Major age-related macular changes relevant to AMD besides rod loss and cone resilience are the stability of RPE cell numbers despite lipofuscin accumulation and mitochondrial degeneration.21,22,6870 Sprouting of rod terminals in aging are surprisingly more prominent in peripheral retina than in the macula.71 BrM undergoes cross-linking, thickening, calcification, and lipidization.7278 Macular soft and hard drusen accumulate in the subRPE-BL space.79,80 Choriocapillaris apposition to BrM declines,77 along with increased immunoreactivity for membrane attack complex (terminal component of the complement cascade),81 loss of autonomic nerve fibers,82 and thinning of the choroid.77 
Among aging-related factors that could impact rod survival in central macula (Fig. 1, bottom right), we focused on BrM and the sub–RPE-BL space, where AMD pathology is prominent. We investigated BrM lipidization, because a straightforward connection from there to druse lipids, arguably the first druse component described,8387 seemed possible. Lipid accumulation in vessel walls can be informed by the pathophysiology of atherosclerotic cardiovascular disease88 as well as the clinical success in reducing its public health burden.89 
Soft Drusen Composition Resembles Both Plasma Lipoproteins and Outer Segments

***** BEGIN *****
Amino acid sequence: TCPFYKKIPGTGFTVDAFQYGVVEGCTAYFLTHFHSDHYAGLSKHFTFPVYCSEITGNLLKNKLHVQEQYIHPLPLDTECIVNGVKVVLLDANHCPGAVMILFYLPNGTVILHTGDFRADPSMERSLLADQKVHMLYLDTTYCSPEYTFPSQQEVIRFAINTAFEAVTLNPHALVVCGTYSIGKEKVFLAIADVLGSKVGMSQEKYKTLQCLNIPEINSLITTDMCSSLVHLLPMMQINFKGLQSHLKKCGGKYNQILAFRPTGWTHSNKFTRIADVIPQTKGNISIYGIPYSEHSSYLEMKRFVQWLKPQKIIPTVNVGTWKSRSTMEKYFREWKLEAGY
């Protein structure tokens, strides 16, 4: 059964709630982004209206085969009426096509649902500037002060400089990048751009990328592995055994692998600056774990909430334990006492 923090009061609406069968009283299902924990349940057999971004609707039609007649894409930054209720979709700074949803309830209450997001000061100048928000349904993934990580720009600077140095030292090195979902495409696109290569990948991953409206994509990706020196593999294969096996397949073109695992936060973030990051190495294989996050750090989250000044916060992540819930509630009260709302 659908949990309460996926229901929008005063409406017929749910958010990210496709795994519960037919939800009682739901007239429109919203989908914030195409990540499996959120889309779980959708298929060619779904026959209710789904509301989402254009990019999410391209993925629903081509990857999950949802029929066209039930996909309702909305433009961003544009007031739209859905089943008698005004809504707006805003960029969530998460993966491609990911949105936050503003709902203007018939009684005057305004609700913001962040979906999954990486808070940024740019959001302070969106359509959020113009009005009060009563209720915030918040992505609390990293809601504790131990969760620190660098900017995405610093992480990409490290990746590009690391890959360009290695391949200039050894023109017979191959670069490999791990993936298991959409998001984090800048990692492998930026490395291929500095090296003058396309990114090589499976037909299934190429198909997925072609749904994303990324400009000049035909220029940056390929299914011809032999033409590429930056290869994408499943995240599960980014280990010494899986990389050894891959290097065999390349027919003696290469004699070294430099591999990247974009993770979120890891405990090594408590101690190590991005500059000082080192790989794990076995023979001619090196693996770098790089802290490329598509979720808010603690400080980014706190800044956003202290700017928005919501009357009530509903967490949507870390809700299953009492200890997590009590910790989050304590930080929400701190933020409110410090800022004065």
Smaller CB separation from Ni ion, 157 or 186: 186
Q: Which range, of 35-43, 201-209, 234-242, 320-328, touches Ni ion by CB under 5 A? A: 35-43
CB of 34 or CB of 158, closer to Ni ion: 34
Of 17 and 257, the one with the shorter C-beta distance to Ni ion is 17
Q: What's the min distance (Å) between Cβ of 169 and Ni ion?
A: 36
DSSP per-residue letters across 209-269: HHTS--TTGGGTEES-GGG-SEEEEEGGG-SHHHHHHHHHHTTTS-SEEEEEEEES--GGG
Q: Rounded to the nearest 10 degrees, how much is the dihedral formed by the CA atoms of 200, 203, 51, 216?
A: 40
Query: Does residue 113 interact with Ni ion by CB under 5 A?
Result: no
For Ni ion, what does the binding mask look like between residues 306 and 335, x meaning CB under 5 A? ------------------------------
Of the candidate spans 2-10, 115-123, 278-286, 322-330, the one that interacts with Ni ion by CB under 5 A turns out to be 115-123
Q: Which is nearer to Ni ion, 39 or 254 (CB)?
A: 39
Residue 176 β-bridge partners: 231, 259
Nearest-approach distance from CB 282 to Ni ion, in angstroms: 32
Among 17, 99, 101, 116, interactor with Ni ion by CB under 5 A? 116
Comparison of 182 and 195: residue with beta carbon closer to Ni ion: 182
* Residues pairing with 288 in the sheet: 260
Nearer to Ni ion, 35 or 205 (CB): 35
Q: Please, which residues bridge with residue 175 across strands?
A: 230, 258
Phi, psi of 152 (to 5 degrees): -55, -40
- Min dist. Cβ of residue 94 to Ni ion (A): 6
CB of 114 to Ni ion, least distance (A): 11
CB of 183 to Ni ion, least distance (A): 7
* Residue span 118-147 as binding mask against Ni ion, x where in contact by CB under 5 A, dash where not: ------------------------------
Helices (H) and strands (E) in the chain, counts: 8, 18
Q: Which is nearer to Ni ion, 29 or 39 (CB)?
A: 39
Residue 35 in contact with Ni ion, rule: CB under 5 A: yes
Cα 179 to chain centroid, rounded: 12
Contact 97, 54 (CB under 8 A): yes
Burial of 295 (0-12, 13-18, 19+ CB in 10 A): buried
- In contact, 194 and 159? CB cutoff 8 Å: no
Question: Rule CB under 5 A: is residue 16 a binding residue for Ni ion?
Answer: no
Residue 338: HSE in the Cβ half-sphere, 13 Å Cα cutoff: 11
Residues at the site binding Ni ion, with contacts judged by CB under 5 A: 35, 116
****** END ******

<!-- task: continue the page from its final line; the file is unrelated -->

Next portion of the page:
A companion review article9 details histochemical, ultrastructural, direct assay, gene expression, and cell culture evidence that membranous debris, the principal component of soft drusen as defined by Sarks et al.,90,91 derives from large lipoproteins containing apolipoproteins B and E, secreted basolaterally by the RPE into BrM. Lipoproteins are multimolecular complexes that resemble oil droplets solubilized for transport through aqueous media with a surface of proteins (apolipoproteins and others), phospholipid, and unesterified cholesterol. Very low-density lipoprotein (of hepatic origin, parent to “bad cholesterol” low-density lipoprotein [LDL]) and dietary chylomicrons (of intestinal origin) are two well studied examples; the brain has high-density lipoprotein (HDL) rich in apolipoprotein E (apoE). As elaborated separately,9 the predominant ultrastructural component in soft drusen was initially called “membranous debris,” which in turn is partly preserved “lipoprotein-derived debris.” By using lipid-preserving ultrastructural techniques originally used for elucidating the deposition of plasma LDL in arterial intima,92,93 it has been possible to see the core-and-surface morphology of lipoproteins that accumulate with age in human BrM, with highest concentration in the macula. When assayed with high-performance liquid chromatography, isolated lipoproteins and BrM extracts are rich in esterified and unesterified cholesterol. Importantly, fatty acids are dominated by linoleate (implicating dietary sources) and not docosahexaenoate (not implicating photoreceptor outer segments). Recently, a culture system of primary porcine RPE was shown to lay down a continuous layer of deposits containing lipid and hydroxyapatite, depending on the substrate the cells were grown on, without supplementation of outer segments and taking up only components of culture medium, which include plasma lipoproteins. These findings give credence to the notion of a diet-driven system.94 Further, clinical imaging has documented that drusen grow, and RPE migrates anteriorly into the retina, thus no longer maintaining the druse,95,96 indicating that presence of drusen implies a certain level of RPE functionality. The current model for BrM lipoproteins is that they have two principal sources, plasma lipoproteins delivering lipophilic essentials and phagocytized outer segments, and they provide a mechanism for the RPE to offload unneeded lipids to the systemic circulation and avoid lipotoxicity. Details are available in our companion article.9